Dear Faculty and Staff Colleagues,

I write to share with you a summary of the most recent Bucknell Board of Trustees meeting, which took place in Washington, D.C., from Thursday, Jan. 28, through Saturday, Jan. 30. I would like to thank Prof. Kim Daubman, chair of the faculty; Prof. Andrea Halpern, interim secretary of the faculty; and Profs. Jan Knoedler, Greg Krohn and Nancy White for attending various sessions as faculty representatives. I'd also like to thank Profs. Elizabeth Durden and Chris Martine for delivering well-received snap talks during the Academic Affairs Committee meeting.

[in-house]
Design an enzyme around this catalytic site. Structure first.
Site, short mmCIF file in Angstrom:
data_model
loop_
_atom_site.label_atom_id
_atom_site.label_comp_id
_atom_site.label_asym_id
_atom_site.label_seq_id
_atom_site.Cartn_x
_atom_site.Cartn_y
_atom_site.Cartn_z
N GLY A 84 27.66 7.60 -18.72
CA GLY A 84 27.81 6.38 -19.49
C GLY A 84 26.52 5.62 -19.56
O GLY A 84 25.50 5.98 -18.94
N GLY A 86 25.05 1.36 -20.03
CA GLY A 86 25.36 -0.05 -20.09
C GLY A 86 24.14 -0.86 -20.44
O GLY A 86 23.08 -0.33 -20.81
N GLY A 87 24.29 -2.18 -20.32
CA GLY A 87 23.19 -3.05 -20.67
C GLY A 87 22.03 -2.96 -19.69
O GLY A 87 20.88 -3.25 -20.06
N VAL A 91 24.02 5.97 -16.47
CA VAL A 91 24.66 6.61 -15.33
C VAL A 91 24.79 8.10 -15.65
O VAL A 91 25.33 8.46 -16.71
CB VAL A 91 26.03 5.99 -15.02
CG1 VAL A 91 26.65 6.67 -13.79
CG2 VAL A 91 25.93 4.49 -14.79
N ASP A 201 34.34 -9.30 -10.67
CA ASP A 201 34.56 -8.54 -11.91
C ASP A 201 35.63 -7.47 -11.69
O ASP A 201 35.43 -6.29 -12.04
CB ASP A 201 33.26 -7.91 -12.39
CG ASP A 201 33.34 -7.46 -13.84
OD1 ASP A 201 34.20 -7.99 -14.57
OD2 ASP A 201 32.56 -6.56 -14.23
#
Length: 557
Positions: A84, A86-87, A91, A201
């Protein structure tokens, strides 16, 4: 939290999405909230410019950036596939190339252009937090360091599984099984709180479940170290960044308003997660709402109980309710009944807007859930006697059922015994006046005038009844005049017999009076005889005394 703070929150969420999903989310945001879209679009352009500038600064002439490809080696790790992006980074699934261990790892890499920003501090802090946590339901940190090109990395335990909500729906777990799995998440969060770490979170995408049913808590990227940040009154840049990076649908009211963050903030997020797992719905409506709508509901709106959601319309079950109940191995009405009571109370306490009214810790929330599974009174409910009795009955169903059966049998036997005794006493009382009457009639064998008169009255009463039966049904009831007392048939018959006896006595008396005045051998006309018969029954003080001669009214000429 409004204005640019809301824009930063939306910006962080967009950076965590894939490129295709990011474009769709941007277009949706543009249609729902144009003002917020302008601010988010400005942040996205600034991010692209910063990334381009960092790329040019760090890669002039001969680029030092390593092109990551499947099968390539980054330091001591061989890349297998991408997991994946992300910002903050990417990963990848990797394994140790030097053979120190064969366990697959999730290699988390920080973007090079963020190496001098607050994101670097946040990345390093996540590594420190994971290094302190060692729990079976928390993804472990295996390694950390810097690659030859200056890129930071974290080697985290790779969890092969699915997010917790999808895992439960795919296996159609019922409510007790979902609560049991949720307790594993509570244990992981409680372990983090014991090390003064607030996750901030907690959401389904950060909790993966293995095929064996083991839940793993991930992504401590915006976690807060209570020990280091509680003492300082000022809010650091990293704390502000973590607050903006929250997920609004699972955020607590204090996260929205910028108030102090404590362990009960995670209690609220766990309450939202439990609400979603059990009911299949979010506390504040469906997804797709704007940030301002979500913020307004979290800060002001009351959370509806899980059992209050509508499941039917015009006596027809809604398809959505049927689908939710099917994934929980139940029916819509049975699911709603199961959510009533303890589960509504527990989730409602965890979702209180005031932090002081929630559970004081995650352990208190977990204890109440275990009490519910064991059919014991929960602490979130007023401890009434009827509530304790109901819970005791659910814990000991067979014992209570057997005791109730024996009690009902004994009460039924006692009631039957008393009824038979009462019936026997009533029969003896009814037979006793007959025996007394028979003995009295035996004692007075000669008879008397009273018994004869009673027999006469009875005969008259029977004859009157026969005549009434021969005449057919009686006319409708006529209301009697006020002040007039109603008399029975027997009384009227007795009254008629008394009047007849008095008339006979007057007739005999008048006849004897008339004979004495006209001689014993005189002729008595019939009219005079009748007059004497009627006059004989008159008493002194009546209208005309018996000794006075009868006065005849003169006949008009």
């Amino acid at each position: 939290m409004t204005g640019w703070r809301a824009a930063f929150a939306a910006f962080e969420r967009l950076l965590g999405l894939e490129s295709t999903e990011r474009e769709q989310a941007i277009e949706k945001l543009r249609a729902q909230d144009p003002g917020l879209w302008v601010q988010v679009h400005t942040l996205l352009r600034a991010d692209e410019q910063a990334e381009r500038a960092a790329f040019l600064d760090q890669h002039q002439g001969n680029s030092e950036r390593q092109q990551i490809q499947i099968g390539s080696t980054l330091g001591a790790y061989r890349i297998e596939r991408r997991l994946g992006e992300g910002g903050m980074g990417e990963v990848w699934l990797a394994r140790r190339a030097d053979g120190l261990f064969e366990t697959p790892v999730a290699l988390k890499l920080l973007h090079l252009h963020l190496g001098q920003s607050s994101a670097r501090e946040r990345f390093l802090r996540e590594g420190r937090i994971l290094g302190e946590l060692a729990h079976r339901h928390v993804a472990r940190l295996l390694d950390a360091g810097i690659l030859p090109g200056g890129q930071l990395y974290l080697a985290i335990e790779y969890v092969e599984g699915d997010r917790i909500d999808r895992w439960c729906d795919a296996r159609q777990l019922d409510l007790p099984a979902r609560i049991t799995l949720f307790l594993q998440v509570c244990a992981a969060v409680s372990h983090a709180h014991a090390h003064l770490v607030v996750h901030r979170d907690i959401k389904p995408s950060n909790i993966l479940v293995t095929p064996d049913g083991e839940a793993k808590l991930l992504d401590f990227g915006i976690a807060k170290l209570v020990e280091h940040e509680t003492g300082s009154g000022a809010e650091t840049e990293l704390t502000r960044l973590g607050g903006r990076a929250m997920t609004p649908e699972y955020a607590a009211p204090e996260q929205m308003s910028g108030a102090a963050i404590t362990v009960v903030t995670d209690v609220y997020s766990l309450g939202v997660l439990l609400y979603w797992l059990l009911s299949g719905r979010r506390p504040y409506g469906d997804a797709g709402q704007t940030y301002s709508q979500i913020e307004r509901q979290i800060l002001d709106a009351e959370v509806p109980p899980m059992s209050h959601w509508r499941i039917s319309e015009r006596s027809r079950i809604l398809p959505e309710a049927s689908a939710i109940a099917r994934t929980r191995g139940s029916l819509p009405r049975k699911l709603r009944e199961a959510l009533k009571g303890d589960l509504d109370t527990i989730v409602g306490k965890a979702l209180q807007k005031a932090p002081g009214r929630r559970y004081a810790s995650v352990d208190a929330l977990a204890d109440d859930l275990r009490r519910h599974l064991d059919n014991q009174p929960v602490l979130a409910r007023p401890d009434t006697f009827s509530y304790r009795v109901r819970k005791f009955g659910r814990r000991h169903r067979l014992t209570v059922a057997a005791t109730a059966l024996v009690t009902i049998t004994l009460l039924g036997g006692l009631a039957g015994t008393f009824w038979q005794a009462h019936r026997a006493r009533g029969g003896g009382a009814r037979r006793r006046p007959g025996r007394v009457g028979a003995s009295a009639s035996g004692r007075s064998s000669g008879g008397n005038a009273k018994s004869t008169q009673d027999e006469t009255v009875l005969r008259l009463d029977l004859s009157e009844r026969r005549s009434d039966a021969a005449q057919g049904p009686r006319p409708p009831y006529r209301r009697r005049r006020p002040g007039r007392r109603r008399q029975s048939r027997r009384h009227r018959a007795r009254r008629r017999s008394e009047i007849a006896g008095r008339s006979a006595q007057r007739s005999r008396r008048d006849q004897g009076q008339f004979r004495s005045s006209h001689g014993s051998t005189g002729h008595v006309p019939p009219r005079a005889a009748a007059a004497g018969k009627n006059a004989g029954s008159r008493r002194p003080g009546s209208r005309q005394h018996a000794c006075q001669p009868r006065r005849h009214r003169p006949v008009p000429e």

As is customary during its winter meeting, and among its most important fiduciary responsibilities, the Board spent considerable time discussing the University's finances. During the past several years, Bucknell has grown significantly through investments in people, programs and infrastructure. As we conclude that period of growth, we also find ourselves confronted with significant uncertainty in the world's financial markets. Our endowment, which contributes almost one-fifth of our annual operating budget, experienced very little growth in the last fiscal year (FY '15) and is likely to retract by the close of this fiscal year. Thankfully, through the careful stewardship of our resources, Bucknell remains on very solid financial footing. To maintain that standing, however, we must demonstrate prudent financial restraint at every turn and be highly intentional about the resources we expend. We will of course continue to make appropriate strategic investments. We will continue the major capital projects currently underway, such as renovations to Roberts Hall and the construction of the Graham Building. We will also move forward with plans to transform the former Delta Upsilon fraternity house into a physical space for our newly formed Humanities Center. To replace the bed spaces lost as a result of both that conversion and the renovations to Roberts, we will also build two additional affinity houses. But in the interest of preserving financial flexibility, we have decided to delay by at least a year a nearly $8 million renovation to the second floor of the Elaine Langone Center. We have also decided to postpone a $1.5 million addition of a south entrance to Bertrand Library. These are discernible examples of the fiscal prudence we all need to embrace as we begin to build an operating budget supported by fewer resources for the next fiscal year.